Faculty of Mathematics, University of Waterloo

WebNotice Postings: 20-Mar-2017 through 26-Mar-2017

Postings for all Departments

Monday, 20 March 2017, 10:30AM -- DC 1304
Seminar -- Computer Science
Speaker: Ali Mashtizadeh, PhD candidate, Stanford University
Title: "Systems and Tools for Reliable Software: Replication, Reproducibility, and Security"
Remarks: SACA Seminar
Abstract: The past decade has seen a rapid acceleration in the development of new and transformative applications in many areas including transportation, medicine, finance, and communication. Most of these applications are made possible by the increasing diversity and scale of hardware and software systems.

While this brings unprecedented opportunity, it also increases the probability of failures and the difficulty of diagnosing them. Increased scale and transience has also made management increasingly challenging. Devices can come and go for a variety of reasons including mobility, failure and recovery, and scaling capacity to meet demand.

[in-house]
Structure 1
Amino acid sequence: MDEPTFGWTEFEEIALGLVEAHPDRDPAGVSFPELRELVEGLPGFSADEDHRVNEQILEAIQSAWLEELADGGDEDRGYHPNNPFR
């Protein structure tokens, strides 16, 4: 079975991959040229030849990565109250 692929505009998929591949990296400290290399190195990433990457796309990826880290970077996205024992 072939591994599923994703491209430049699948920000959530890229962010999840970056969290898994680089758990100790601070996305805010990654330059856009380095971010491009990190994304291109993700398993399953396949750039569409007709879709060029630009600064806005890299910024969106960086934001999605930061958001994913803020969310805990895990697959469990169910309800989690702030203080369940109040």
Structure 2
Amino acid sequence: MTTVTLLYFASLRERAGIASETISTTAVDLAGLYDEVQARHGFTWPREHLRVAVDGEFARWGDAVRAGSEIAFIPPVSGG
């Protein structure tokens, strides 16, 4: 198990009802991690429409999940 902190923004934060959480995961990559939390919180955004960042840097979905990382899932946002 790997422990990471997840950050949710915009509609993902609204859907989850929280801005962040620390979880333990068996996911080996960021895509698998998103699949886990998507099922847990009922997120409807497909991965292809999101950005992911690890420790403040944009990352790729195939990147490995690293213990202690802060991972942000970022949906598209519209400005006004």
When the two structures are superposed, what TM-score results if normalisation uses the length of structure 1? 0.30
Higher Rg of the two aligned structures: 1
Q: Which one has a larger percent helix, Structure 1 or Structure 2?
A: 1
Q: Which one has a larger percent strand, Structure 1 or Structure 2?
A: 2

In this talk, I will be presenting several systems that I built to address the resulting challenges to reliability, management, and security.

Ori is a reliable distributed file system for devices at the network edge. Ori automates many of the tasks of storage reliability and recovery through replication, taking advantage of fast LANs and low cost local storage in edge networks.

Castor is record/replay system for multi-core applications with predictable and consistently low overheads. This makes it practical to leave record/replay on in production systems, to reproduce difficult bugs when they occur, and to support recovering from hardware failures through fault tolerance.

Cryptographic CFI (CCFI) is a dynamic approach to control flow integrity. Unlike previous CFI systems that rely purely on static analysis, CCFI can classify pointers based on dynamic and runtime characteristics. This limits the attacks to only actively used code paths, resulting in a substantially smaller attack surface.

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Bio: Ali is currently completing his PhD at Stanford University where he is advised by Prof. David Mazičres. His work focuses on improving reliability, ease of management and security in operating systems and distributed systems. Previously, he was a Staff Engineer at VMware, Inc. where he was the technical lead for the live migration products. Ali received an M.Eng. in electrical engineering and computer science and a B.S. in electrical engineering from the Massachusetts Institute of Technology.